Tuesday, July 05, 2005


Before I got it into my head that it was now or never for me to visit the world's high places, I didn't even know there was a kind of organized trip called a "trek." But having now "trekked" in both Tanzania and Peru, I've learned there is a particular kind of trip that carries this label in international English. I could have used a description of trekking when I was first looking for ways to approach other people's mountains, so I'll give one here.

"Trekking" seems to be a cultural form developed in the 19th century British empire. The Wikipedia associates it with mountainous regions of Nepal and India, but clearly it has spread worldwide. A trek involves local guides and a swarm of cooks, campsite workers, animal handlers and/or human porters who make it relatively comfortable for tourists to explore remote areas and heights they'd find difficult to reach on their own. For many tourists, trekking is easy adventure. All you have to do is keep yourself moving; the trekking company and its hired leaders will supply meals, tents and sometimes gear. In any case, somebody else will carry what you need.

A day of trekking will probably run something like this, from the tourist perspective:
6:30 am: wake-up in your tent to an offer of tea (those Brit origins here) or coffee and a bowl of hot water to wash in.
7:15 am: pack your sleeping bag and personal gear up for the porters. Tent crewmen will take down your tent, while you have breakfast in the mess tent.
8:15 am: start walking, climbing, whatever you are doing that day.
12 noon: porters have passed you on the trail with gear and tents; cooking crew has rushed ahead, and now you arrive at the newly erected mess tent for lunch.
1:00 pm: Walk some more.
4:00 pm: reach fully set up camp; find your personal gear in the pile and spread it out in your tent.
4:30 pm: Tea (more Brit origins here -- trekking leaders like to keep you full of carbs for energy and liquids to stay hydrated at altitude.)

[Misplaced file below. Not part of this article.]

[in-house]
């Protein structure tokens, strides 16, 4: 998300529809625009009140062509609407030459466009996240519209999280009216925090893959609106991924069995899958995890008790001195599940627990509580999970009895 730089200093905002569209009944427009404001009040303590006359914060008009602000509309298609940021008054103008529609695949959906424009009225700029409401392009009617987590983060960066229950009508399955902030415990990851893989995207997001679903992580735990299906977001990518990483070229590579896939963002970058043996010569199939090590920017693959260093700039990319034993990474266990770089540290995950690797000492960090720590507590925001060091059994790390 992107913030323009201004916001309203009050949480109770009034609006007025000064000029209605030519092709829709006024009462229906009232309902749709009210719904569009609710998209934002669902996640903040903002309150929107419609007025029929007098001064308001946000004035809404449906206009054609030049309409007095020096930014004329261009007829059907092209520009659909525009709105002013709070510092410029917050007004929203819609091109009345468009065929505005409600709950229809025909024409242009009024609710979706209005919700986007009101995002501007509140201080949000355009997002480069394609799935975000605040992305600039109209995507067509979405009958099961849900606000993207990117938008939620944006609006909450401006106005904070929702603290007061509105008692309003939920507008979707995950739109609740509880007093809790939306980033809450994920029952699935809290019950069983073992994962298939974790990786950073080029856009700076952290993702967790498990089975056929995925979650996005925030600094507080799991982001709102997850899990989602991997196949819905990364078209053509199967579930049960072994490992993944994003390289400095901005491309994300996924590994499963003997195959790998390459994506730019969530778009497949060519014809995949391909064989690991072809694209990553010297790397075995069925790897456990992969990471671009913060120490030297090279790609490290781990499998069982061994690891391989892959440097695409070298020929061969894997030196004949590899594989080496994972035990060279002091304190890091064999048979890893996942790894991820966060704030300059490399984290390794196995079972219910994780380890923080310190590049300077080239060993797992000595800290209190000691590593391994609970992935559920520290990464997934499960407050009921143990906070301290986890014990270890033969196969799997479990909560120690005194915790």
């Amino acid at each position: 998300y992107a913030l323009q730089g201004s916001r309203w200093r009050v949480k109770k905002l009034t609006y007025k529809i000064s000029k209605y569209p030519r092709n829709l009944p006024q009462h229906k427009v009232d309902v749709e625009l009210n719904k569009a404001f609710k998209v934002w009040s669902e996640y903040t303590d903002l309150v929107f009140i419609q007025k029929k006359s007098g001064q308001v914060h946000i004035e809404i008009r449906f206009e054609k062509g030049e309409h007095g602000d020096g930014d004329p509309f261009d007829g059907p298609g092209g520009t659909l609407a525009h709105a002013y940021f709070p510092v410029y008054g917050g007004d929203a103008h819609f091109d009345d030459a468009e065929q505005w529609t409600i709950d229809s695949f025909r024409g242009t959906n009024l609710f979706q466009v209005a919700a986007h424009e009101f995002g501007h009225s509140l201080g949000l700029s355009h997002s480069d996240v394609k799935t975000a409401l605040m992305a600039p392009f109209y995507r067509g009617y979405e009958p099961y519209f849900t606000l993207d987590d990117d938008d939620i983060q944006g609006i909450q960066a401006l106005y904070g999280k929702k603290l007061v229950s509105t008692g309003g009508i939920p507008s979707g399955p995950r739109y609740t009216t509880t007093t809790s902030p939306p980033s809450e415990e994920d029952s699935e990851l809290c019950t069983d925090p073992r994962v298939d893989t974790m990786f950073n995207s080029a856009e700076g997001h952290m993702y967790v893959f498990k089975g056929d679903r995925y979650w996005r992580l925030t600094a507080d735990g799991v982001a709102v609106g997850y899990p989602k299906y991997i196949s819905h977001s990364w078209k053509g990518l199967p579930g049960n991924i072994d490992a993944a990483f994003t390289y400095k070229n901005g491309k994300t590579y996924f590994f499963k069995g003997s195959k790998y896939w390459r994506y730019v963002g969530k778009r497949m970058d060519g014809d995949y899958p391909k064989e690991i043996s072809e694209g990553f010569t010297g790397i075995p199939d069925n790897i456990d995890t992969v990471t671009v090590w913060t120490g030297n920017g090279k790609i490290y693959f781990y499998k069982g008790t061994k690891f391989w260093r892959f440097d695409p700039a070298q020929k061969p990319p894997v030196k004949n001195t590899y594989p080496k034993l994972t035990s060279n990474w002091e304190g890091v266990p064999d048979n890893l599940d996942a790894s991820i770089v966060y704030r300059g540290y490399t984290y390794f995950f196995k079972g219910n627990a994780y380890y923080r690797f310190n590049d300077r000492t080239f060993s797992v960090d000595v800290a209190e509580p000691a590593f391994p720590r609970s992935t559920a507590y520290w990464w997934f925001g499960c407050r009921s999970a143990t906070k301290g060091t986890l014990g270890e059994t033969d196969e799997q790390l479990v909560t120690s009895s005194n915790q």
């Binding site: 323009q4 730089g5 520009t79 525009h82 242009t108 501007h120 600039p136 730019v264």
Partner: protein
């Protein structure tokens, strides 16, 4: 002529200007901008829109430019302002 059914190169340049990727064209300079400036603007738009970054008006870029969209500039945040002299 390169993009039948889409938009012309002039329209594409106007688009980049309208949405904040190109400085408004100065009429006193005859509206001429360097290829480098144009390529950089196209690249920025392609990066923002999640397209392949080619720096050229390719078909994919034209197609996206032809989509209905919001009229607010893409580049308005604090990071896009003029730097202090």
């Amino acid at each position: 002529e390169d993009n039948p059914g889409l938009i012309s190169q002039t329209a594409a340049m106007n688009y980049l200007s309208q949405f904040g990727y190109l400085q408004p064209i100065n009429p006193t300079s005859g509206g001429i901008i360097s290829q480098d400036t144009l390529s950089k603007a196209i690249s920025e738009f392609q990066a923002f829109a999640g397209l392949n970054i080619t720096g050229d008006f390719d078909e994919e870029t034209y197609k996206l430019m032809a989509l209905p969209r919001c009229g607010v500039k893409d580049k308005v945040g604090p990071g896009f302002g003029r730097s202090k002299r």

5:00 pm: free time -- perhaps a little nap?
6:30 pm: dinner in the mess tent
7:30 pm: it is dark; perhaps it is time to go to sleep?
Repeat in the morning. Obviously, not a bad life if you can get it.

12:26 - Freddy hunchedcopy javier-rockssmall
Guide Fredrick Chikima on Kilimanjaro; Guide Javier Bello in the Peruvian Andes

Good trekking guides are solid citizens with standing in their profession. (Of course there are bad, fly-by-night trekking companies and guides, but I've been lucky enough not to meet them.) The job requires long experience and some charisma; they not only have to jolly the tourists along, they also have to manage assistant guides, camp workers and porters, all of whom are likely to be casual contractors.

Peruvian crew men

Those jobs, lower in the strict trekking hierarchy, can be pretty good employment in poor societies. The combination of wages and tips can be a good income for rural men, perhaps supplementing farming in the off-season. But historically, porters have often been drawn from minority or undeveloped rural communities and exploited by both crew chiefs and the trekking companies. Inexperienced porters often lack mountain-ready clothing and equipment. A particularly pernicious practice is "paying off" a porter who develops altitude sickness and can't work; this can be a death sentence if the porter cannot find his way to lower altitude quickly.

Tanzanian porters

Fortunately in the main trekking countries, Nepal, Tanzania and Peru, porters have organized associations or unions to keep wages up and gain some control over working conditions. The International Porter Protection Group (IPPG) tracks these efforts and provides technical assistance. They provide a list of questions to ask any company you deal with before you sign up for a trek:

1. Does the company you intend to trek with endorse the IPPG's guidelines on porter safety: are adequate clothing and shelter, insurance and provision for evacuation of porters provided?
2. What is their policy on equipment and health care for porters?
3. What do they do to ensure the trekking staff is properly trained to look after porters' welfare?
4. What is their policy on training and monitoring porter care by its ground operator in the country you will visit?
5. Do they ask about treatment of porters in their post trek questionnaire to clients?

To these questions, I can add a few others :
1. Does the company have a commitment to the country you will visit, for example employing permanent staff who are citizens there?
2. Does the company seem in touch with and respectful of the culture(s) of the place you hope to visit, for example promising to educate the visitor about it?
3. Does the company have policies that help preserve the environment from the damage that intensive tourism can cause: overuse, excess waste, pollution?

The two trekking companies I've taken trips with have met these criteria admirably: Thomson Safaris in Tanzania and World Expeditions, an Australian company with exceptionally good relations with responsible local touring companies in many areas of he world.

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